How helping factories move into a digital future is fueling this Raleigh startup’s growth

In a short few years, Jason Massey’s commute from Mebane to work has ballooned, stretching further and further down Interstate 40. But he doesn’t mind the traffic, with his startup,, continuing at its current growth trajectory.

Started out of American Underground in Durham in 2011, — a company that is using software and internet-of-things technology to digitize factories — is moving into a freshly renovated office on Fayetteville Street in downtown Raleigh later this year.

The company is trading a cramped one-floor office, also on Fayetteville Street, for two floors at 224 Fayetteville St., a historic property that was once home to a Woolworth’s.

The company’s steady growth in the past two years necessitates the new office to house its growing workforce, which has tripled to 28 employees this year and is still growing.

Ndustrial.Io COO Natalie Birdwell, left, and CEO Jason Massey, in the company’s new office in downtown Raleigh Wednesday, Sept. 4, 2019, that is currently under construction. Ndustrial.Io is a relatively young startup that is expanding. Juli Leonard The News & Observer

Part of the impetus of swapping Durham for Raleigh in 2018 had to do with that growing headcount. As it brought on more employees, the company found most of them lived closer to downtown Raleigh and the commutes to Durham were becoming too rigorous.

Since the company started — originally using the name Sustainable Industrial Solutions — the businesses model has changed quite a bit, moving from the installation of things like solar panels to creating a software management platform to help factories run more efficiently and more digitally oriented.

The goal is to take all the data produced by the different systems, from a decades-old refrigeration system to a warehouse management system, and put it all in one algorithm. Then, using information-of-things technology and its software to monitor energy usage, can pinpoint exactly where factories can save money in their energy usage, resulting sometimes in millions of dollars in savings.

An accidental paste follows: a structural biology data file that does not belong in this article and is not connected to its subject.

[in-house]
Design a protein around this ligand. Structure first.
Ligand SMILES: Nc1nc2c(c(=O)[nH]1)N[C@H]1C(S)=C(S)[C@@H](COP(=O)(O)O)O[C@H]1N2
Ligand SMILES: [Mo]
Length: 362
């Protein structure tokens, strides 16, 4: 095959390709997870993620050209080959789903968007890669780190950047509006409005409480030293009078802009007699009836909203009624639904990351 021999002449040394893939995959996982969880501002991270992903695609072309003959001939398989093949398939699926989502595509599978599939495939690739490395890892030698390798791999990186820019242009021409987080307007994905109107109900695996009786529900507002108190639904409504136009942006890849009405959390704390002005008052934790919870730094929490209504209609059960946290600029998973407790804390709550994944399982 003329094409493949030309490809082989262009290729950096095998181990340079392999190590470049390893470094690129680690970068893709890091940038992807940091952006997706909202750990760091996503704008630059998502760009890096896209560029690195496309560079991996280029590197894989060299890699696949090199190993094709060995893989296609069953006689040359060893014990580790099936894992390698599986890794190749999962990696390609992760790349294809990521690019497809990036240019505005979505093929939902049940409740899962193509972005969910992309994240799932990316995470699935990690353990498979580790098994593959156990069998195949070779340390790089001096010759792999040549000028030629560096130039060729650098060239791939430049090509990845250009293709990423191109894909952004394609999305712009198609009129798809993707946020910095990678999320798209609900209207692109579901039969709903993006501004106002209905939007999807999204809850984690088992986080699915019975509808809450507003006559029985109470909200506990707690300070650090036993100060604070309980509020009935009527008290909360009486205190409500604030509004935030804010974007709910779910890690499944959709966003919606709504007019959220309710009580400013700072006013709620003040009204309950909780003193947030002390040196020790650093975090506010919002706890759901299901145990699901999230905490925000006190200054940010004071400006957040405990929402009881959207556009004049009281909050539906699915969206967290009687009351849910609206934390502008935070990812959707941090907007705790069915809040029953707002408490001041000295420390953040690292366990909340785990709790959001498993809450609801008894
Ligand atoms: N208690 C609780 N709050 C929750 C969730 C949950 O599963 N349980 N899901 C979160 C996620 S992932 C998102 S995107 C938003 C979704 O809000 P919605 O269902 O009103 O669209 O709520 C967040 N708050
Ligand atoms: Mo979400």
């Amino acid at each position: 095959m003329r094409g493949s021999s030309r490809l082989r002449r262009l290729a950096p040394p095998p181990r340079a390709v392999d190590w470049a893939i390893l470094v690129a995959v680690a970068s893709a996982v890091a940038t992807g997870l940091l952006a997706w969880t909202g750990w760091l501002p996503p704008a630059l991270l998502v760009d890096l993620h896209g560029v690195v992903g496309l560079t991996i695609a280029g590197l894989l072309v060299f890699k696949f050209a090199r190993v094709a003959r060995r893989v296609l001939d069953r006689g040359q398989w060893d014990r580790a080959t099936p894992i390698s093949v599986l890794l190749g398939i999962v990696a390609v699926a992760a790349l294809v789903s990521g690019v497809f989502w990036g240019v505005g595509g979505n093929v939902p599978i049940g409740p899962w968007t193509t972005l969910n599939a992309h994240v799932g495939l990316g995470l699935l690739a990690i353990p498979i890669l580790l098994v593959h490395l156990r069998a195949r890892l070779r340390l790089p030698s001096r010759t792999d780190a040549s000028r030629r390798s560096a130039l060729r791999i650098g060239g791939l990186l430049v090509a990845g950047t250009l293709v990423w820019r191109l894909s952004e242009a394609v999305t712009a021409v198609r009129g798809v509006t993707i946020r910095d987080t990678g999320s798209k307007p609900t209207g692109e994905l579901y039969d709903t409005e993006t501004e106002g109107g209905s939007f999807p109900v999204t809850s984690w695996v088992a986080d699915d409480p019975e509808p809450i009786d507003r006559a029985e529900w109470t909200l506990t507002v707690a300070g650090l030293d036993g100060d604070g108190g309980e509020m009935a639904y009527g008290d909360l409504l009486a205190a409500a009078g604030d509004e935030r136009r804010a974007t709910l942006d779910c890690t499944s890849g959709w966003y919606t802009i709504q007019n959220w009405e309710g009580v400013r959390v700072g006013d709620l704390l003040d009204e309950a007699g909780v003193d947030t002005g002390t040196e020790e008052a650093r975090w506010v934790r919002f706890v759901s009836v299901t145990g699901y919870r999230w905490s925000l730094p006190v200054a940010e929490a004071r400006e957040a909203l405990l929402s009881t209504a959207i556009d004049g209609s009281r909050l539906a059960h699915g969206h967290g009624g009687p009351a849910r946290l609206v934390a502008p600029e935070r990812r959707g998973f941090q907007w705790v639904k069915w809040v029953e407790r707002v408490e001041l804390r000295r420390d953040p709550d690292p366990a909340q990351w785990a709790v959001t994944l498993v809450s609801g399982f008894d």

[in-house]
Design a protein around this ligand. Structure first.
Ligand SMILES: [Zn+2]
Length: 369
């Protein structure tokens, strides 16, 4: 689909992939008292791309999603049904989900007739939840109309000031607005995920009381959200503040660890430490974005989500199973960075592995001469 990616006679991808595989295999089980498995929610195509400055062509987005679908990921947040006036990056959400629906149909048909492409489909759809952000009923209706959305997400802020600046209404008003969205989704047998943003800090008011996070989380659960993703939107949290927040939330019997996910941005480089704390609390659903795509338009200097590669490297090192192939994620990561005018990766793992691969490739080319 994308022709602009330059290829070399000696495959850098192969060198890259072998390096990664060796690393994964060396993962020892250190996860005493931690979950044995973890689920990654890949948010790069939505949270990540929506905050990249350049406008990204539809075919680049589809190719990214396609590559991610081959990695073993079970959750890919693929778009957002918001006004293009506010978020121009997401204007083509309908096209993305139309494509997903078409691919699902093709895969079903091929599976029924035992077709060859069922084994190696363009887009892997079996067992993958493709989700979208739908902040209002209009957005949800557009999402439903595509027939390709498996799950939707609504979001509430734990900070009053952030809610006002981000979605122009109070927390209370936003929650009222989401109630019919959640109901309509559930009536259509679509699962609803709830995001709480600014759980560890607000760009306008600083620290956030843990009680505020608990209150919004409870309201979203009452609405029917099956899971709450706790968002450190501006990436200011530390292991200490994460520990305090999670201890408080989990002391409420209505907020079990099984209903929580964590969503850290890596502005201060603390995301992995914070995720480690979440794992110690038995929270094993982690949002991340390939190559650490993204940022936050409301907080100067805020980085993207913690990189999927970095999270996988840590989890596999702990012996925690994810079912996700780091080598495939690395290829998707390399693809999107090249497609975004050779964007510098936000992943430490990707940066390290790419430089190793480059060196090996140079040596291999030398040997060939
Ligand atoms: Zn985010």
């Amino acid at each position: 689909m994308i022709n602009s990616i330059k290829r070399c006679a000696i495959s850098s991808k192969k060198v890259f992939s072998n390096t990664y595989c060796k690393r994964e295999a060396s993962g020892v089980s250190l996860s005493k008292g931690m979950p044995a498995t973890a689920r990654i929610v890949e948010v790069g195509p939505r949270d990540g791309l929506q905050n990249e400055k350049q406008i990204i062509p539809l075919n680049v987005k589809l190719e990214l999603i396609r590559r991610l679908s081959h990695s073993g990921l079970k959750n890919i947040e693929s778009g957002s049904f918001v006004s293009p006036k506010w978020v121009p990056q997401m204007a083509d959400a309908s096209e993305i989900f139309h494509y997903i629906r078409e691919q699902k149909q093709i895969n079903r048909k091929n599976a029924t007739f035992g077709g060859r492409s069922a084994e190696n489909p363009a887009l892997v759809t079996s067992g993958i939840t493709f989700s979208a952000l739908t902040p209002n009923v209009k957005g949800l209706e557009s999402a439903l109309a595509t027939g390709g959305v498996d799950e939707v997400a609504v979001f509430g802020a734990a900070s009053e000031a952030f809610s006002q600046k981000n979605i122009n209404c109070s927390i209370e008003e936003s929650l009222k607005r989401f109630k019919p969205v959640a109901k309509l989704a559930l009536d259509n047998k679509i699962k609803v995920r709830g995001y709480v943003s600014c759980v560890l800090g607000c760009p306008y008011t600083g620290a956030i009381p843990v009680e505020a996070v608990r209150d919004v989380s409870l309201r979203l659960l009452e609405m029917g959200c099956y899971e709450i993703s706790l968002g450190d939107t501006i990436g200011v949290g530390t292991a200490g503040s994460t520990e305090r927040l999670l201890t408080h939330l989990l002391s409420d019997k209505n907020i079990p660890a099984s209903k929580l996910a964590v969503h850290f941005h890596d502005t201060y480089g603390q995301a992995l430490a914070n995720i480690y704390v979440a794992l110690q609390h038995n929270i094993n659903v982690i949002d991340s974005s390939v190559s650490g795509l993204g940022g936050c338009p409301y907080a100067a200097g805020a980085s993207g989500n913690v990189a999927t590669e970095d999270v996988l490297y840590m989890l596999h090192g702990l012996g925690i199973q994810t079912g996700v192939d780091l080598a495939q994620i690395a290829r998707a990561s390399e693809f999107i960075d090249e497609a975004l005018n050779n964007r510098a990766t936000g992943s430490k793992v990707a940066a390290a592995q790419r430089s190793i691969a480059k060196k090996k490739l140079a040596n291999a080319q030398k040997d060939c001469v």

‘We’ve never really raised any real money’

In 2015, the company changed its name to and took on $1.4 million in private-equity money, but it hasn’t returned to the well for more funds yet. Massey said the company is currently running on revenue and is making a profit.

“We’ve never really raised any real money, which is weird,” said Massey, a former venture capitalist based in the Bay Area of California who returned to North Carolina to be closer to family and raise his children. “The joke is I should be better at pitching VCs having been a VC,” Massey said.

“But our business model is different,” he added. “And it’s more of a function of what the customer needs versus what we think an investor wants.”

What an investor wants, Massey thinks, is a software company that can scale quickly. The company does actually have that — it checks the box of “software as a service and an energy management system,” he said.

But Massey also thinks the company brings a lot of value by providing a professional services team that physically visits factories, conducts energy audits and consults on what efficient energy solutions might be best for them. That requires a lot more time and effort and is an addition to the software service. But Massey believes that hands-on approach keeps customers with them and attracts new ones.